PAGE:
In traditional societies, where illegitimate sexual experience is a great no-no, there have to be agents who usher the women into the trade. Agents function in almost all kinds of ways that one might imagine. More often than not, the daughter is culled out from the family through lucrative offers of a better life through a sanitized job in a big city. Many a time, romantic liaisons are fabricated. In countries like Bangladesh for example, marriage, rather than employment is a better avenue towards flesh trade. The story of Rupchand, a rickshaw puller from Dhaka, is a case in point. He had three daughters to marry off. When he married one of them to an unseen Indian man through a known Indian woman, the daughter vanished forever. Rupchand died and his widow has suspicious of what had happened to Fatema, the daughter. But there were never any way to find out. Some sex workers in Asia however, make a conscious choice to enter the market, though such women are very few in number. Girls are recruited at an early age. There are even pick up vans that assist them for the travel.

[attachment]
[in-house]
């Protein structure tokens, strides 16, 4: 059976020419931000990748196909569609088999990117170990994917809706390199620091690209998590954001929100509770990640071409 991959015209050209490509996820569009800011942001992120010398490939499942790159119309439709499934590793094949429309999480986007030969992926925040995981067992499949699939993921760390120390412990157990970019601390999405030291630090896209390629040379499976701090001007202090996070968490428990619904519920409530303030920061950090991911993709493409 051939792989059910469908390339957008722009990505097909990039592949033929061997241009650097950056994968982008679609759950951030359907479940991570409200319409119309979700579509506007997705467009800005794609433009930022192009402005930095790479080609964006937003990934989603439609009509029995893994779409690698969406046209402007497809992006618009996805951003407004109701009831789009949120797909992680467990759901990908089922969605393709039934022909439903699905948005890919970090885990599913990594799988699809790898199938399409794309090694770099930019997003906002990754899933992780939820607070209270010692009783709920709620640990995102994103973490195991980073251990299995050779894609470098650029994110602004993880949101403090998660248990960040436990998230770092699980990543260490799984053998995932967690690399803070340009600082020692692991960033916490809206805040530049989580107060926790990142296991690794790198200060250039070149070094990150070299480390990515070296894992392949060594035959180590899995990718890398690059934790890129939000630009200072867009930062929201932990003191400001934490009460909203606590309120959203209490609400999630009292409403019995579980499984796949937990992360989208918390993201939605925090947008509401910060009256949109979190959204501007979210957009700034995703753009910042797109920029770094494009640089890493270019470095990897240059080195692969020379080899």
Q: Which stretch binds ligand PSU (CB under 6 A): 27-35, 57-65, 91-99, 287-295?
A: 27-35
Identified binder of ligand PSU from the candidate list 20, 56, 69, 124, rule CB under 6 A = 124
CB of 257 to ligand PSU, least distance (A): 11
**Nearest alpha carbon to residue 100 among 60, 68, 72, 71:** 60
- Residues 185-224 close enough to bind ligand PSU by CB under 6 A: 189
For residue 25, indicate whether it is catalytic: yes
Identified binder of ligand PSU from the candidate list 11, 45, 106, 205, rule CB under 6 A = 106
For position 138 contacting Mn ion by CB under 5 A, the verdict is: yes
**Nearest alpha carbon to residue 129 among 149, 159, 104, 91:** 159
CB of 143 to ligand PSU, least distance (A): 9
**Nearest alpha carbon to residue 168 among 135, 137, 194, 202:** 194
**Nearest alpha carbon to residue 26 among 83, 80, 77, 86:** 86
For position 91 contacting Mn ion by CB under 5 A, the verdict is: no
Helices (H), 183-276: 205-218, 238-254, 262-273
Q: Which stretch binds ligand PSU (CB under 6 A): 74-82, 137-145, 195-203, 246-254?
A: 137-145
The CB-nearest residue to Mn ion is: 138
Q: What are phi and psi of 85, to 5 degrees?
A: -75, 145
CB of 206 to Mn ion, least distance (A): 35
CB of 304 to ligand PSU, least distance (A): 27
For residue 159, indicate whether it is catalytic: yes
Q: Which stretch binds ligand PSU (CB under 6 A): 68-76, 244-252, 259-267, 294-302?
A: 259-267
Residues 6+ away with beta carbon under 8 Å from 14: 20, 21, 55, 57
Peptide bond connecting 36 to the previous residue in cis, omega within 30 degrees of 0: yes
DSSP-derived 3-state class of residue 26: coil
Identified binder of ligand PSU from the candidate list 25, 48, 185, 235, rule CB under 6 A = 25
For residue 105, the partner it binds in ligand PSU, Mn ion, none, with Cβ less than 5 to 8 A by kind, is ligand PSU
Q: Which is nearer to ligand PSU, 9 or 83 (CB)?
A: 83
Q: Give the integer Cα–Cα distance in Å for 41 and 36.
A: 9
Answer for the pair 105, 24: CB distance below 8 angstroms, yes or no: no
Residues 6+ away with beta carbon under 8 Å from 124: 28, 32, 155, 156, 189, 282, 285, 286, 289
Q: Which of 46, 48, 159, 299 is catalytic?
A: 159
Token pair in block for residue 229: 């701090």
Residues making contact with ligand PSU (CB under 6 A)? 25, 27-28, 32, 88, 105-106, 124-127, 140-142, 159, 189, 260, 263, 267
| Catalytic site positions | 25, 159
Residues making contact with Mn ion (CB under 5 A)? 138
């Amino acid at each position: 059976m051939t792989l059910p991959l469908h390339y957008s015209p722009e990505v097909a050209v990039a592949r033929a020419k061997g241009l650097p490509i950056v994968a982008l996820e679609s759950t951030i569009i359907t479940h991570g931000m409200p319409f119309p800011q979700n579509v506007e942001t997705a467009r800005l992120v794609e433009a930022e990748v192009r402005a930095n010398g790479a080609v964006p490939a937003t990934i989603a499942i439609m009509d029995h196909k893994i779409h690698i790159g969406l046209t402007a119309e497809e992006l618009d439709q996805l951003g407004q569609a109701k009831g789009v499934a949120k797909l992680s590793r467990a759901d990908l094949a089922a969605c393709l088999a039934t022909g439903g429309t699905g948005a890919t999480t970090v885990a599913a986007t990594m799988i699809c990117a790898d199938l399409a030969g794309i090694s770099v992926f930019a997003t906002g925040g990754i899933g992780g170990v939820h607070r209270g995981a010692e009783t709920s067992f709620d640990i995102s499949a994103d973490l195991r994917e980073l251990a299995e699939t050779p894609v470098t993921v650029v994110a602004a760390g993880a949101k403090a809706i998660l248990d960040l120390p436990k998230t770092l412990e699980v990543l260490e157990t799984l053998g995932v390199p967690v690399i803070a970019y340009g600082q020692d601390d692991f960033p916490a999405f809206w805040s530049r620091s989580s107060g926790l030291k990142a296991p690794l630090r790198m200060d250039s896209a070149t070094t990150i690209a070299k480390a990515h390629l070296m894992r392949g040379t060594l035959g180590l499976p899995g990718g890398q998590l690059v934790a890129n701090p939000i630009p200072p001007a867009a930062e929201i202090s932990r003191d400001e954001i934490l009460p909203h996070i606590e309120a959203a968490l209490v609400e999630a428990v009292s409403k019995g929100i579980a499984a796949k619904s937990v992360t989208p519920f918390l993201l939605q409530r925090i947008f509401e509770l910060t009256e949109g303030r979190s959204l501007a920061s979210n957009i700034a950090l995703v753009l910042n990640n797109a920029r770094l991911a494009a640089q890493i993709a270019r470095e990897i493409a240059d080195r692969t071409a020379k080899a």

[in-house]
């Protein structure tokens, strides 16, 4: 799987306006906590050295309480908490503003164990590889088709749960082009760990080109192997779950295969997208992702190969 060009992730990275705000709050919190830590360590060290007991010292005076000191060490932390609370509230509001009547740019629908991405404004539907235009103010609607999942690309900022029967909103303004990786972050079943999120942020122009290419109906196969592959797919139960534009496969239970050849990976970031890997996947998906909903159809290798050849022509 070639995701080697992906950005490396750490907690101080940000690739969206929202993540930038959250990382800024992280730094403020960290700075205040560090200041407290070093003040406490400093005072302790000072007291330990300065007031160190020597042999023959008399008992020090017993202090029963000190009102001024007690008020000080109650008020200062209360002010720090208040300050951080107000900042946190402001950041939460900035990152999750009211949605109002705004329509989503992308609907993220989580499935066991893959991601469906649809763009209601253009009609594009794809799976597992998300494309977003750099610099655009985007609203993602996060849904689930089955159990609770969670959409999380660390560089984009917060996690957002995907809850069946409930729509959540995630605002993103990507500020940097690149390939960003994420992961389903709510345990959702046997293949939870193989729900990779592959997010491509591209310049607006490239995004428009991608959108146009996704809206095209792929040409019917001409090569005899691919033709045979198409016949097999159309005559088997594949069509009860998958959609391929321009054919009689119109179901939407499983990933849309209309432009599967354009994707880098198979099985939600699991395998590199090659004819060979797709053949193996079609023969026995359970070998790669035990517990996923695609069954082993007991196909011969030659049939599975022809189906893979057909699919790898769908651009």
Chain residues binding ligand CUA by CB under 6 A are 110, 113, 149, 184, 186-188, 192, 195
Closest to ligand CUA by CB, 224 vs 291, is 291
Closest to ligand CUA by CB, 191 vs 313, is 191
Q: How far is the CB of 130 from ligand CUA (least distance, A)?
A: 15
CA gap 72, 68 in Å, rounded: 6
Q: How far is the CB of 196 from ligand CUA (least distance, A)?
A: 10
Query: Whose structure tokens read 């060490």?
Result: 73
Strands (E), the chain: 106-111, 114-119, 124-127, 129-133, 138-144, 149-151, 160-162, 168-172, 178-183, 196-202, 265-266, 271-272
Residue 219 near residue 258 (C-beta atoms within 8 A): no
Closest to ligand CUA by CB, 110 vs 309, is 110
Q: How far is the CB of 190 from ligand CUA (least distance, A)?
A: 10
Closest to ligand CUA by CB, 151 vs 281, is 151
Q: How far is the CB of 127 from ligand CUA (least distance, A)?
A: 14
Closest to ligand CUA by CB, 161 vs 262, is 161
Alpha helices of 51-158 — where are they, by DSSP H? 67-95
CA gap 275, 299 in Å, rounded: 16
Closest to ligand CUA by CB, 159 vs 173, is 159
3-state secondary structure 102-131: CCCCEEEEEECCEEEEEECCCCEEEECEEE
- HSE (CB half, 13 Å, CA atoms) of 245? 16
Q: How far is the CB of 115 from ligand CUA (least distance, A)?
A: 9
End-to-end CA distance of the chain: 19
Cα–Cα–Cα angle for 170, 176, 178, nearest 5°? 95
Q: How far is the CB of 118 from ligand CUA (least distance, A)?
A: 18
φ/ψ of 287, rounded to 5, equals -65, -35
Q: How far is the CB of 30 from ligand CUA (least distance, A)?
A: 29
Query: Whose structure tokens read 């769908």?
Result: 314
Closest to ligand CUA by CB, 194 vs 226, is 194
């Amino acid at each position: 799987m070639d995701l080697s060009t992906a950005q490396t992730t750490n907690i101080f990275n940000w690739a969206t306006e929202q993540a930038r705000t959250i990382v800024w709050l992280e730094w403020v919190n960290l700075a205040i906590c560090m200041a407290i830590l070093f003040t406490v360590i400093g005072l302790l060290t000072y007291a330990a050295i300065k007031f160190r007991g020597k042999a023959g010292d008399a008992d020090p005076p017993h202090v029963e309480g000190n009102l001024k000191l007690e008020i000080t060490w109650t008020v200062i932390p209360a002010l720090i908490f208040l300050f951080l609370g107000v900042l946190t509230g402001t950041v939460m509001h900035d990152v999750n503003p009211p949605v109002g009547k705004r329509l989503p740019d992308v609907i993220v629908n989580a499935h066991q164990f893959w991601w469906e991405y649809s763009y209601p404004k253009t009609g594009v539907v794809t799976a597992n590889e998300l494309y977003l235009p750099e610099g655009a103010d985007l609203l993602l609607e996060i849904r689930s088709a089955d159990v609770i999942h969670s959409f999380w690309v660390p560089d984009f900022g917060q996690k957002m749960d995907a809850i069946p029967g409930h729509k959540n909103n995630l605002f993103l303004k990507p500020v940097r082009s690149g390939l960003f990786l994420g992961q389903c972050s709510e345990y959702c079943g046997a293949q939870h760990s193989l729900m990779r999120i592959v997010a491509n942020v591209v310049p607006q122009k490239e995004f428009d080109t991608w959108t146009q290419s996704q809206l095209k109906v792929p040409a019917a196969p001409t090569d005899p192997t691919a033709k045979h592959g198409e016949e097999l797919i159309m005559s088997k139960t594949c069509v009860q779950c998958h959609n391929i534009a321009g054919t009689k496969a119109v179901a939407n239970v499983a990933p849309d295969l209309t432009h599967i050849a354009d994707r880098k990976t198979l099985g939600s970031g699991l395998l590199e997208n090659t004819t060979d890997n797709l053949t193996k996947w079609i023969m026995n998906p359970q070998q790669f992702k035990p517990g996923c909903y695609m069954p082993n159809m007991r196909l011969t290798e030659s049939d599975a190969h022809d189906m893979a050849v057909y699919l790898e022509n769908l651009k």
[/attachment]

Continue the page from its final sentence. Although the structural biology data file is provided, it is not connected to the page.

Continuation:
In the rest of the chapters, the author speaks of the ‘qualities’ that are sought in a prostitute by a potential buyer and how the trade which is increasing by leaps and bounds is ‘managed’. Every industry has its laws, and so does the commercial sex industry. The author points out the significant dissimilarities that the Asian market has, when compared to the west. The book is marked by an on your face narrative style that often takes aback the uninitiated, but also would create more interest to the reader who wants to begin in this particular study area. This summarizes the reason for using not too much figures, but more field experiences, stories and descriptions.